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Local church sends care packages to troops

By Staff | Jan 28, 2009

While there are many issues facing Americans here at home, there are still U.S. soldiers facing untold dangers abroad.

Thanks to the efforts of a local church, those soldiers have not been forgotten.

Since the start of Operation Iraqi Freedom, the Archers Chapel United Methodist Church has been sending boxes of care packages to U.S. troops overseas. The effort by the approximately 25 members has truly been a team effort-an effort that hasn’t gone unnoticed.

The church has recently received letters of thanks: one from a member of the U.S. Army’s Charlie Co. Evac Platoon, 299th Brigade Support Battalion; the other from the commander of the U.S. Army’s C Battery, 1st Battalion, 17th Field Artillery.

“Thank you so much for you support,” said Staff Sgt. Jill Mangold. “The things that you have sent mean the world to all of us over here. It’s hard being away from home during the holidays, but it makes it a little easier knowing you care like you do. So we want to just reach out and give you a big hug and say thank you.”

“I wanted to take a moment to write and thank you for your support and your thoughtfulness,” said Capt. Deron Haught. “As many of you know I am in command of a battery of great Americans and I shared the contents of your box with them. Your efforts and contributions have made a tremendous impression upon these soldiers and your generosity makes me proud to be from West Virginia.”

Capt. Haught also sent the church a certificate of appreciation for their work. The church has been honored and touched by the outpouring of gratitude.

“I thought (Haught’s) letter spoke volumes about how much the men and women appreciate the fact that we haven’t forgotten about them,” said church member Mary Thomas. “That was what I got out of it as much as anything.”

Archers Chapel has been in existence since 1859. While it has never been a large church, the members have tried to help their community and make an impact. Sending the care packages is one way for them to make a difference.

“We’ve been doing it for a few years; whenever we could get names and addresses,” said Thomas. “This gentlemen who sent back that letter of recognition, we have his address and then he shares with the troops.”

“Before we’ve done it just a couple of times a year,” remarked church member Sharon Bland. “Now we’re going to try to do it more often because the people are so appreciative of it.”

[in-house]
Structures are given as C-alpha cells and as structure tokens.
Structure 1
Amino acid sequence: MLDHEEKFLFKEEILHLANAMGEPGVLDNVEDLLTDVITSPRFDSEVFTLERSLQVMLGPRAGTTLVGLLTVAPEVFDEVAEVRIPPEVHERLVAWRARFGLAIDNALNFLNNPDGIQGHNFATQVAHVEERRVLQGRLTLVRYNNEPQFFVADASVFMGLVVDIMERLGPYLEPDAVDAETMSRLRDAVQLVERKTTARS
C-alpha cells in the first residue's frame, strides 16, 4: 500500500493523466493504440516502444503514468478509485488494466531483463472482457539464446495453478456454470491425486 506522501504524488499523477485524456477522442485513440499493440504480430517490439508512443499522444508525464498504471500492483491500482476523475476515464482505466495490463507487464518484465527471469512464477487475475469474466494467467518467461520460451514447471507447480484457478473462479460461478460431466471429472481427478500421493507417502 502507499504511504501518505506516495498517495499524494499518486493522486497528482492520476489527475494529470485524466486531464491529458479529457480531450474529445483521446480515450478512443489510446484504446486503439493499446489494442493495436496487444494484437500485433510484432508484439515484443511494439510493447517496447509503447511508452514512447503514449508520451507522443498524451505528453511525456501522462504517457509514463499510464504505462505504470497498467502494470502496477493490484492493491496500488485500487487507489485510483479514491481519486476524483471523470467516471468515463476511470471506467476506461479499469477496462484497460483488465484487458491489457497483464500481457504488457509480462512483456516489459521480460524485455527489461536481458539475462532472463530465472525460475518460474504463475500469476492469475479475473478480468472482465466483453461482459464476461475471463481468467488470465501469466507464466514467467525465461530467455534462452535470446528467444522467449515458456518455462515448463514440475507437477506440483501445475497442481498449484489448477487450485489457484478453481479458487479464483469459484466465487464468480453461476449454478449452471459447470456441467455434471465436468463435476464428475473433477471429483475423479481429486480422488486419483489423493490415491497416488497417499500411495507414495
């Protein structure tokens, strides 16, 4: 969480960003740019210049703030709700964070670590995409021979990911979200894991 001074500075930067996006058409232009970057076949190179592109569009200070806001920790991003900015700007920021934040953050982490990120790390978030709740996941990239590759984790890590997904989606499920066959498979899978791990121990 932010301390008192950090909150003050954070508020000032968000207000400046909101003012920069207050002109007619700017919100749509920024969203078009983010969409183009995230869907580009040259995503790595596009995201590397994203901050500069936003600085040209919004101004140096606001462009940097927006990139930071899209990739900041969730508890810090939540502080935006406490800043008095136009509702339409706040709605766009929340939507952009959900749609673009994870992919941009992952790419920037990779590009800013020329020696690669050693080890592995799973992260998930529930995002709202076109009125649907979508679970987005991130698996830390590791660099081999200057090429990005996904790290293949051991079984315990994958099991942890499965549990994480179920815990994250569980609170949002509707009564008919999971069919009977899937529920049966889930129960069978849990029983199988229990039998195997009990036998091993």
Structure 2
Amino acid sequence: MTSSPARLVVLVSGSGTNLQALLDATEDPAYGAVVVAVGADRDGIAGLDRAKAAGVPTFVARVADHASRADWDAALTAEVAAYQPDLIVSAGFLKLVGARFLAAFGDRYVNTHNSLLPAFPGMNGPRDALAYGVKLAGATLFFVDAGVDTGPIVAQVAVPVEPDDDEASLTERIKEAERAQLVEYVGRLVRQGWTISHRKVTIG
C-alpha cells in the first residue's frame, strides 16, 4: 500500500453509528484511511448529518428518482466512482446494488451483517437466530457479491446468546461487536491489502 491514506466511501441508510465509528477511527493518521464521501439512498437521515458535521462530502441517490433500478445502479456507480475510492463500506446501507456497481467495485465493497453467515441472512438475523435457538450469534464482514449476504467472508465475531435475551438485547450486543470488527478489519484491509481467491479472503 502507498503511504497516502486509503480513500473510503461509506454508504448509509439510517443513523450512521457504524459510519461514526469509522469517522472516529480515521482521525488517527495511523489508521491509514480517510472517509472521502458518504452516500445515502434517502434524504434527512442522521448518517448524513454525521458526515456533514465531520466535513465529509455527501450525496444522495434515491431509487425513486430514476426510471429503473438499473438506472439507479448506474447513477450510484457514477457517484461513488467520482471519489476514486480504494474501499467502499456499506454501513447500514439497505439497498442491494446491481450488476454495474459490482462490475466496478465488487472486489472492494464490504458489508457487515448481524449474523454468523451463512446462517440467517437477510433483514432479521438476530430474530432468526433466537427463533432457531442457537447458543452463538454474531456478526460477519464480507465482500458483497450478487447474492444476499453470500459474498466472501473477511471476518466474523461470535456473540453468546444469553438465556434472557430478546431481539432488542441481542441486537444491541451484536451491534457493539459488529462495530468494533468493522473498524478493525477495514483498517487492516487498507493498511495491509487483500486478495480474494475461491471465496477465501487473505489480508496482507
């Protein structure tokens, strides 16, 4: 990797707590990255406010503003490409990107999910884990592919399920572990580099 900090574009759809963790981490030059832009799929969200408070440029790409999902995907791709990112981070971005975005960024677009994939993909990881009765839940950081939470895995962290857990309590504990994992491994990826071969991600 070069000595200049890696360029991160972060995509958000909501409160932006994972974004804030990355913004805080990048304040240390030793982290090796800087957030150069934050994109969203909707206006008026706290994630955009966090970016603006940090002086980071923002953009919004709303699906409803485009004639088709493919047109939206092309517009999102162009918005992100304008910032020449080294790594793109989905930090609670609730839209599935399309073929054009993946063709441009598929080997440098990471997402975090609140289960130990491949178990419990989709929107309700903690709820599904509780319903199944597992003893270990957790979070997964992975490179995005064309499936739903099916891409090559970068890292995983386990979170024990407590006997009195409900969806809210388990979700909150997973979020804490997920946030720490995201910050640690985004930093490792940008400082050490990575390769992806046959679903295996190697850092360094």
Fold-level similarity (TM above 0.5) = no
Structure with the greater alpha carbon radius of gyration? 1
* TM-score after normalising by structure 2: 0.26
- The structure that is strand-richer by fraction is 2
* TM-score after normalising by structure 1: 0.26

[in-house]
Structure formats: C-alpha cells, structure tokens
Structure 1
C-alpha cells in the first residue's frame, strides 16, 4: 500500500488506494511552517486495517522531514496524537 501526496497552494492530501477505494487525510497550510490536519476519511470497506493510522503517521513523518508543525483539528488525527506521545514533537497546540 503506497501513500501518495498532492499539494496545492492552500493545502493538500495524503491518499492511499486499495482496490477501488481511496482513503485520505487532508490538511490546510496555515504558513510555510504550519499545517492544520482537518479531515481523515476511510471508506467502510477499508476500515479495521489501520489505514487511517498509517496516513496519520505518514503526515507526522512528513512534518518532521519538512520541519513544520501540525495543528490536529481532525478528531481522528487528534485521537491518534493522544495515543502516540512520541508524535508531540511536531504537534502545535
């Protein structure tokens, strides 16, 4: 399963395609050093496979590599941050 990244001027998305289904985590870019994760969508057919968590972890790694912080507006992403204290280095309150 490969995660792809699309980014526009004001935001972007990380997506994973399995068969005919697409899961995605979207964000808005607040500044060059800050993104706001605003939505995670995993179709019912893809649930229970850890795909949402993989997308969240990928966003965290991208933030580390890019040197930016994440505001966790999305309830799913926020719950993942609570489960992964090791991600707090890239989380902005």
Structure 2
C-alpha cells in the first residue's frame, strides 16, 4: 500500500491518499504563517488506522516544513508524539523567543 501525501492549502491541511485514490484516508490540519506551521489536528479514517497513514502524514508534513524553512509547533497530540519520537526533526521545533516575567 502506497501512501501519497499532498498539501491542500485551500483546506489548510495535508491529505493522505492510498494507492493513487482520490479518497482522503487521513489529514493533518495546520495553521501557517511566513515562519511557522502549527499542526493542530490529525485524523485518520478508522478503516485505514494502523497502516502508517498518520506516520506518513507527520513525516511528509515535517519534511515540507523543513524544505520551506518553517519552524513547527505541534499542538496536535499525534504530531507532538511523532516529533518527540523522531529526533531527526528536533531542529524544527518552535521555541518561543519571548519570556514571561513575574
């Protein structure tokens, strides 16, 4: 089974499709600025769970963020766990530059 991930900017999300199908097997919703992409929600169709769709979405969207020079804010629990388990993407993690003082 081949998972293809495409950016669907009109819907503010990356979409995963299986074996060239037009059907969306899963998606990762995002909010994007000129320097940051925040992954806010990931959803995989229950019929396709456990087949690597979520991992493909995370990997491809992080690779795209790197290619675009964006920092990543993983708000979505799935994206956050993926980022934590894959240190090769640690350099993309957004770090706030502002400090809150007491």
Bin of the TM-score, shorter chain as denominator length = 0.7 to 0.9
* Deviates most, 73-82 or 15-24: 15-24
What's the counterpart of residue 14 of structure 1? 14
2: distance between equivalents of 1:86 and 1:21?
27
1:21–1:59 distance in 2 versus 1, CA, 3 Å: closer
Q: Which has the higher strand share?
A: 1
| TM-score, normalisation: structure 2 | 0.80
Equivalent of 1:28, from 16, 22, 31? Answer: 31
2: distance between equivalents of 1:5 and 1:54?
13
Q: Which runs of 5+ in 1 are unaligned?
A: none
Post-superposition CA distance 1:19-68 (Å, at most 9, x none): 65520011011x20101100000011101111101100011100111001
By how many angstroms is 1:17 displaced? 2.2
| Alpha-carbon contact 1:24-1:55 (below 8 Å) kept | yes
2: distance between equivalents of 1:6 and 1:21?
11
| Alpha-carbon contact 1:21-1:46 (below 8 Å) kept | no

It varies from year to year how many packages are sent. The church tries to get addresses of service personnel. From there, the packages are sent out.

“I think we sent out five boxes (recently),” said Thomas. “Sometimes we have more addresses and send more. We send them with the intent of everything in them being shared with all of the men.”

“We try to send the packages to whoever we know,” added Bland. “Even if we don’t know the people, if we know someone in our area who is over there, we try to send a goody box. We try to find out what they need from some of the people that have already been over there what they most likely need or could use.”

The important thing is identifying the needs of the soldiers. The military has a few restrictions on what can be sent. It is recommended not to send pressurized items, such as shaving cream. The military helps provide families and friends with a list of items that can and cannot be sent.

“They give us a list. They said one thing: they like beef jerky,” joked Thomas. “It can’t have pork in it, because they are in a Arab country, so we look at the labels. I gave my granddaughter $25 and said go to the dollar store and get as much Slim Jims and beef jerky as you can get for $25, and that is what she did.”

“They use baby wipes, because they can’t always take a bath,” added Thomas. “(They use) chap-stick. They like homemade cookies. In the beginning we were sending headbands, sweat bands and socks. I think, though, that the PX’s have caught up with their needs. Now it’s just boxes (that say) we’re thinking of you.”

The letter from Capt. Haught was special for Thomas, since Haught and Thomas are cousins. She is proud of her relative.

“That Capt. Haught that wrote the letter is a cousin of ours from over in Ritchie County,” explained Thomas. “I was a Haught, so we can always get his address wherever he is. This is his second tour over there. The first time he and his company helped build a school in Kirkuk, and the people were so pleased and so impressed that they named it Haught Primary. He’s getting ready to make Major. He’s going up the ladder and I’m really quite proud of him.”

The project that was meant to bless the troops has blessed the church as well. It is a project the church will continue.

“It really makes us feel good to get their responses,” said Bland. “We’ve already got names for our next go-round.”